What happens when you stack them up? In the illustration below, the blue represents the clear windows.
The photo to the right shows one of our earliest experiments, just to show you that it can be done. No, it's not quite easy as I made it sound, but I made the mistake of not using transfer tape when I did this one.
Okay, you say, this is a lot of work to go through for one little building. But once you have the basic graphics, you can make as many buildings as you want, in any size up to the size your signcutter will handle. What if you wanted to imitate, say, the factories in the North Pole scenes of Polar Express? A whole town of factories?
Now that that's out of the way, here are the links to the patterns we have so far:
Large Scale Buildings
O Scale Buildings
S Scale Buildings
The links download a zip file that you should copy to your hard drive and unzip there. The patterns are labeled 2-5 - don't look for a "layer one." That was the graphic that included them all before I separated them out.
Also, the building files include "business name" graphics in Western stencil fonts. These were originally created for the stencil version of this project, but you could use them to cut out the lettering for your signage if you want.
Or, if you just want to print business signs off on your color printer, you can click here for a sampling.
Note About O and S Scale Versions: By the way, the O and S scale versions have three stories, since they fit easily. In addition, I removed the fine windowpane detail from the S scale version, because it's not as likely to cut "clean" at that scale.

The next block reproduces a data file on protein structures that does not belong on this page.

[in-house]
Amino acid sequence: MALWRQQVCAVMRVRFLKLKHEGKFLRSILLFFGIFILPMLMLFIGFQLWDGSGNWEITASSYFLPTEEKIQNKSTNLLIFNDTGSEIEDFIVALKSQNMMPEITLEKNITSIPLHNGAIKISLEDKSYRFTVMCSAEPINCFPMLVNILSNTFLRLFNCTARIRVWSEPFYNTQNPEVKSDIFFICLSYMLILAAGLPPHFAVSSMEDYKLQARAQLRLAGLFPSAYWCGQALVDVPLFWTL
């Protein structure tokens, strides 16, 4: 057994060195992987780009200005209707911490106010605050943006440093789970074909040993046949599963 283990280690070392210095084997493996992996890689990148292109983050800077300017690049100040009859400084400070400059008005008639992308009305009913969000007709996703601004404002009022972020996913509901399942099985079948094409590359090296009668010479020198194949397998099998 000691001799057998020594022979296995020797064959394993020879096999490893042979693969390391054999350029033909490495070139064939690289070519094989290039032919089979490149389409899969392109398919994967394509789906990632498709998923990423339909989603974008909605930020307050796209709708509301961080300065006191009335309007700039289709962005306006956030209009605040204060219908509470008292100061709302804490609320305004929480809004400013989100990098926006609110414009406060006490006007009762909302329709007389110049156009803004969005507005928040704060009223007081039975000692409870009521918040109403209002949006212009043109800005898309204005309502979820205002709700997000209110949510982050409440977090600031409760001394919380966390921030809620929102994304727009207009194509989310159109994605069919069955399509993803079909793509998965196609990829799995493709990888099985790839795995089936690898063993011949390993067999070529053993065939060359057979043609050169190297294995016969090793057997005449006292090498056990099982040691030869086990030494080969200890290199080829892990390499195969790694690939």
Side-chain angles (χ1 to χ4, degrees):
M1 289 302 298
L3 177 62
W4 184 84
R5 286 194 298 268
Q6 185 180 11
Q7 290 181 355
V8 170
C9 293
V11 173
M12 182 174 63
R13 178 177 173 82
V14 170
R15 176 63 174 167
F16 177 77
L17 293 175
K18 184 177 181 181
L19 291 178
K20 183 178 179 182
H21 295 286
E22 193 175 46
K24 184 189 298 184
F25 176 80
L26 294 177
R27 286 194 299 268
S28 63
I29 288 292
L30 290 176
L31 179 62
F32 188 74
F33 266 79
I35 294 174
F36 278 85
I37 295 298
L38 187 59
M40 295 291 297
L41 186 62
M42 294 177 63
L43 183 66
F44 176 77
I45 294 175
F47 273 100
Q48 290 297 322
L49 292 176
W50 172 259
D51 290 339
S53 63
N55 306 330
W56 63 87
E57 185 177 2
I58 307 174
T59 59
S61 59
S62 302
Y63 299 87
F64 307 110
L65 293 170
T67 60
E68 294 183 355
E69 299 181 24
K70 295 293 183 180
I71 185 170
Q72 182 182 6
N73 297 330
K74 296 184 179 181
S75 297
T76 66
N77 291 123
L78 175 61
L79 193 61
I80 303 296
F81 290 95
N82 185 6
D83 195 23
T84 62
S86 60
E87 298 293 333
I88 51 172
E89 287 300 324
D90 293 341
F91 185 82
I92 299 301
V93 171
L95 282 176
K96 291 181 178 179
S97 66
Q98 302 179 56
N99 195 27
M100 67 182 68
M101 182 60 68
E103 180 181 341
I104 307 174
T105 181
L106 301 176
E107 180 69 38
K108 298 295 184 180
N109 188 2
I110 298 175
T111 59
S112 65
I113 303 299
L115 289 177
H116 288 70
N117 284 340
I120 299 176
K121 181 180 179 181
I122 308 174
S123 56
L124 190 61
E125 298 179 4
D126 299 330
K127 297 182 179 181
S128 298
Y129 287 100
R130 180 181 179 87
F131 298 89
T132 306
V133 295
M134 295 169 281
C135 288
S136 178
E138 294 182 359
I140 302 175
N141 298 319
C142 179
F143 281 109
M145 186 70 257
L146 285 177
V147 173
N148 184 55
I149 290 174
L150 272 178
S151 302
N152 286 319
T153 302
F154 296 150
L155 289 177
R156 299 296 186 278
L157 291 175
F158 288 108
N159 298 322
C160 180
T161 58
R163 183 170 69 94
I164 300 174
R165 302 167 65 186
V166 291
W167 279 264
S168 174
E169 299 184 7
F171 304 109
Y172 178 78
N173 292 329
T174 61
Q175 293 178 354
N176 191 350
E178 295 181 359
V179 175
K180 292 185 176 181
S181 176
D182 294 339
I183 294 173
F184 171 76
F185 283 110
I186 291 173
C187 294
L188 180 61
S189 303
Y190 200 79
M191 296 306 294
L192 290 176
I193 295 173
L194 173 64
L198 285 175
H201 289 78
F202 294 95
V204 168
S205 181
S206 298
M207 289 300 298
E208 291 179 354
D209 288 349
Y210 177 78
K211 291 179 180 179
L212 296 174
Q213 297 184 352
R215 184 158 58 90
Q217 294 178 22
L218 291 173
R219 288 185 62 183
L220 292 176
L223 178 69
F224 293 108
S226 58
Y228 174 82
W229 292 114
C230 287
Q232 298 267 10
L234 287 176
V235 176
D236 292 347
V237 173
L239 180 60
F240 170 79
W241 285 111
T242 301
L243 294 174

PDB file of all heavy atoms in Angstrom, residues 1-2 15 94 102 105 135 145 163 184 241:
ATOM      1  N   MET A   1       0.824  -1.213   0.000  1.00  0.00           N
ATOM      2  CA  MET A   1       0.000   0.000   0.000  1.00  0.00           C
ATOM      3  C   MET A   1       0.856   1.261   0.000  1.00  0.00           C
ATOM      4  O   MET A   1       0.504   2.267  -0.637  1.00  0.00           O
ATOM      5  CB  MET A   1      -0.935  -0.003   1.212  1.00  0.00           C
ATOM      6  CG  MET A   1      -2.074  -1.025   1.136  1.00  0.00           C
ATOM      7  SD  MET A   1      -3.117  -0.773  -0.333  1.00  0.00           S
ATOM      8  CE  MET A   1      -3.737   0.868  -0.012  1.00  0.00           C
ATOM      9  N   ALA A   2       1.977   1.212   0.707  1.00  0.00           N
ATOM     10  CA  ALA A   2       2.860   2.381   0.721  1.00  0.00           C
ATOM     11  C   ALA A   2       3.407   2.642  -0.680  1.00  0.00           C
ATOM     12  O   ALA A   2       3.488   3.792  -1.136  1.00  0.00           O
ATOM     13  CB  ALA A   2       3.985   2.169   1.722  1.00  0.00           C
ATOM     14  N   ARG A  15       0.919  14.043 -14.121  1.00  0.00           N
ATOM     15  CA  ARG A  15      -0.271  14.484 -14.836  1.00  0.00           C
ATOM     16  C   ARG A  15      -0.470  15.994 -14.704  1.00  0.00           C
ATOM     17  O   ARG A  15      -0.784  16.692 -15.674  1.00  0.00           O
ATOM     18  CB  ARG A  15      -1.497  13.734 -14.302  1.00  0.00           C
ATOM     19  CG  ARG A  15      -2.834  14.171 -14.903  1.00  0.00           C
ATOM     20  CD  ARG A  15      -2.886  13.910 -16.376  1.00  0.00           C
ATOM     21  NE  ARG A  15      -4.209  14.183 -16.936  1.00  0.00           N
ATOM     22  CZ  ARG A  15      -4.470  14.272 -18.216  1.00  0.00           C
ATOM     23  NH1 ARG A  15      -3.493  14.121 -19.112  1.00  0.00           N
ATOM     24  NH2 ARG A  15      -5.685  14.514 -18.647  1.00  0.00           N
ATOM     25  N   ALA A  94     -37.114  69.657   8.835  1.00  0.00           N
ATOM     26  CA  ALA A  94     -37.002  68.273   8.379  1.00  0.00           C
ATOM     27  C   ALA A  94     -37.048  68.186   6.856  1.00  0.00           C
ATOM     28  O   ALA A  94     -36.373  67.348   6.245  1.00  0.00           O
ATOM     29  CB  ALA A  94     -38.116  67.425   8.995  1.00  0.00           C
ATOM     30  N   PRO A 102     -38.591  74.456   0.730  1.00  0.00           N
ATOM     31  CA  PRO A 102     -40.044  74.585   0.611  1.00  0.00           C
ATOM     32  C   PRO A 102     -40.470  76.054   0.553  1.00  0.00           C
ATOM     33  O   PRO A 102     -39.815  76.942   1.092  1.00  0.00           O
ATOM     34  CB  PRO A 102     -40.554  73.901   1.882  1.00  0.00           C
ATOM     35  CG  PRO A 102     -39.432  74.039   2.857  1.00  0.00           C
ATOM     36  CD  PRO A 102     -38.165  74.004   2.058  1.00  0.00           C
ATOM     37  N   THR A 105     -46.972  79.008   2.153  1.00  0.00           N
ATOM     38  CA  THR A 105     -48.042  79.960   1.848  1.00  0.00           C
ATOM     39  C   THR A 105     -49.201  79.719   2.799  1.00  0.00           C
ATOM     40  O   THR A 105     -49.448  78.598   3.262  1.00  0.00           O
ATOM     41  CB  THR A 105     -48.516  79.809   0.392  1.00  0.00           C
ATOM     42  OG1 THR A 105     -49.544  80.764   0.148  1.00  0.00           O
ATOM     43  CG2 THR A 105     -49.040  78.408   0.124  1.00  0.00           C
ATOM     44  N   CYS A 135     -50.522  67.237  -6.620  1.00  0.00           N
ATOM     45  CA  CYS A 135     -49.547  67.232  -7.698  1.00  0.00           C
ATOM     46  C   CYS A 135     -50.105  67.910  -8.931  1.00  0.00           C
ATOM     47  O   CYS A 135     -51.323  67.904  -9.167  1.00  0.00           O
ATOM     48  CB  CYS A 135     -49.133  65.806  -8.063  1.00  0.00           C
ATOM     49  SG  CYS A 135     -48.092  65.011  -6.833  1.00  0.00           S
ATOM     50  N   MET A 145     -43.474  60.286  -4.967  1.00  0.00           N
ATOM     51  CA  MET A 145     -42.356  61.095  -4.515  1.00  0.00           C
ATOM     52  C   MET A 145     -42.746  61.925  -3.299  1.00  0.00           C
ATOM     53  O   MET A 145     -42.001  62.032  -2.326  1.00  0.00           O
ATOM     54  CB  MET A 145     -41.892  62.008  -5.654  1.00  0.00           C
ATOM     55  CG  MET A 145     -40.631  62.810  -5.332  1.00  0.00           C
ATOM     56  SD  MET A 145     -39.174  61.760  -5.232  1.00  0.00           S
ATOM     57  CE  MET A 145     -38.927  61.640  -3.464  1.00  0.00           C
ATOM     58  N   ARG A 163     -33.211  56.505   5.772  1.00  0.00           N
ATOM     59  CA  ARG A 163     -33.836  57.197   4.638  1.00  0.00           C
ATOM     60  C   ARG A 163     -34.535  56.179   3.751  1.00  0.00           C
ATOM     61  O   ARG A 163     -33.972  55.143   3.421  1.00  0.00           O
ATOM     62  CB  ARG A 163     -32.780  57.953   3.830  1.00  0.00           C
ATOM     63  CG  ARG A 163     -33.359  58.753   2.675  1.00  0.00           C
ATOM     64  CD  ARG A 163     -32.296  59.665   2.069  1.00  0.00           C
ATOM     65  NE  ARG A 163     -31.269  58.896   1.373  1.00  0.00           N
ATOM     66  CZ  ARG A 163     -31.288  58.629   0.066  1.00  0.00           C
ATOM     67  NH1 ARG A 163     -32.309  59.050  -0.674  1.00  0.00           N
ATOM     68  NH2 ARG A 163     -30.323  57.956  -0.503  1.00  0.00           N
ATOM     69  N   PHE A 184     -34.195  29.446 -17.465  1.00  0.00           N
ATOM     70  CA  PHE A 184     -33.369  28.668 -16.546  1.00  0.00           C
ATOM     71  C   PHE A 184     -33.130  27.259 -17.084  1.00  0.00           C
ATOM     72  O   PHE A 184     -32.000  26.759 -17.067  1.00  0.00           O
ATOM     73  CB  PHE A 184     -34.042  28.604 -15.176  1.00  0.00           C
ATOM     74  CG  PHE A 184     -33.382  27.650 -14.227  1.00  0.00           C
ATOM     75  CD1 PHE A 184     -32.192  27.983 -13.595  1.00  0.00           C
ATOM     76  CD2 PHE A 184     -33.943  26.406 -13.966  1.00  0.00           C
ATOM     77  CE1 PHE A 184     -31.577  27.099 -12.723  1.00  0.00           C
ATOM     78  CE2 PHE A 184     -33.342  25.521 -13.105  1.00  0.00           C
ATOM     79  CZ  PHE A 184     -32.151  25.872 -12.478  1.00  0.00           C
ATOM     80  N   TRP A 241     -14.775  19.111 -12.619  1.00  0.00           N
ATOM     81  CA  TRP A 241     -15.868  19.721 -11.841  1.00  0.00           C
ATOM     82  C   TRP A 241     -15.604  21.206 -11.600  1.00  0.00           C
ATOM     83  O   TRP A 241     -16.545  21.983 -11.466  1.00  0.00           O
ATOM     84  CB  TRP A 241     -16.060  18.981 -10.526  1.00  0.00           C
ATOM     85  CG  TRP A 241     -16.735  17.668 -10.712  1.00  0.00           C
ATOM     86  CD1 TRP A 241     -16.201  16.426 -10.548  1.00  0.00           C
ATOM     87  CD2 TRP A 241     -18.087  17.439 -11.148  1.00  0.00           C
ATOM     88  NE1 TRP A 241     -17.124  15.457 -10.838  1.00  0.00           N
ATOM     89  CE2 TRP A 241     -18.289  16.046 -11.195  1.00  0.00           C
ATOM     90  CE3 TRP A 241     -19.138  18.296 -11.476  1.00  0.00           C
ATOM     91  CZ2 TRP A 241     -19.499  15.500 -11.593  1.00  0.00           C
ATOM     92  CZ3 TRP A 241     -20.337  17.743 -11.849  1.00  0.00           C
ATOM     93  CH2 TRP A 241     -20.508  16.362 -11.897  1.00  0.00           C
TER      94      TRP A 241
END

Of course, this is just the beginning of the storefront projects. You'd want to add signage, maybe shutters, lighting, curtains, interiors, whatever you wanted. If you took any care at all with the finished product, not one visitor in a hundred would guess that it started out on a vinyl cutter.
We hope to have more articles on using this process to make buildings - this was just to "whet" your appetite.
ConclusionI realize that this article is just a start, and I hope to provide more detailed content eventually. Once I work out some of the bugs in my own processes, of course.
In addition, if you've been thinking about getting a cutter for your own or your club's purposes, I hope our articles help you avoid any critical mistakes.
Watch this page: more articles are in the works.
As always, we want to hear your suggestions, criticisms, additions, etc. Enjoy your hobbies, and especially any time you can spend with your family in the coming months!
Note: Family Garden TrainsTM, Garden Train StoreTM, Big Christmas TrainsTM, BIG Indoor TrainsTM, and BIG Train StoreTM are trademarks of Breakthrough Communications (www.btcomm.com). All information, data, text, and illustrations on this web site are Copyright (c) 1999, 2000, 2001, 2002, 2003, 2004, 2005, 2006, 2007, 2008, 2009, 2010, 2011, 2012, 2013, 2014, 2015, 2016, 2017, 2018, 2019, 2020, 2021 by Paul D. Race. Reuse or republication without prior written permission is specifically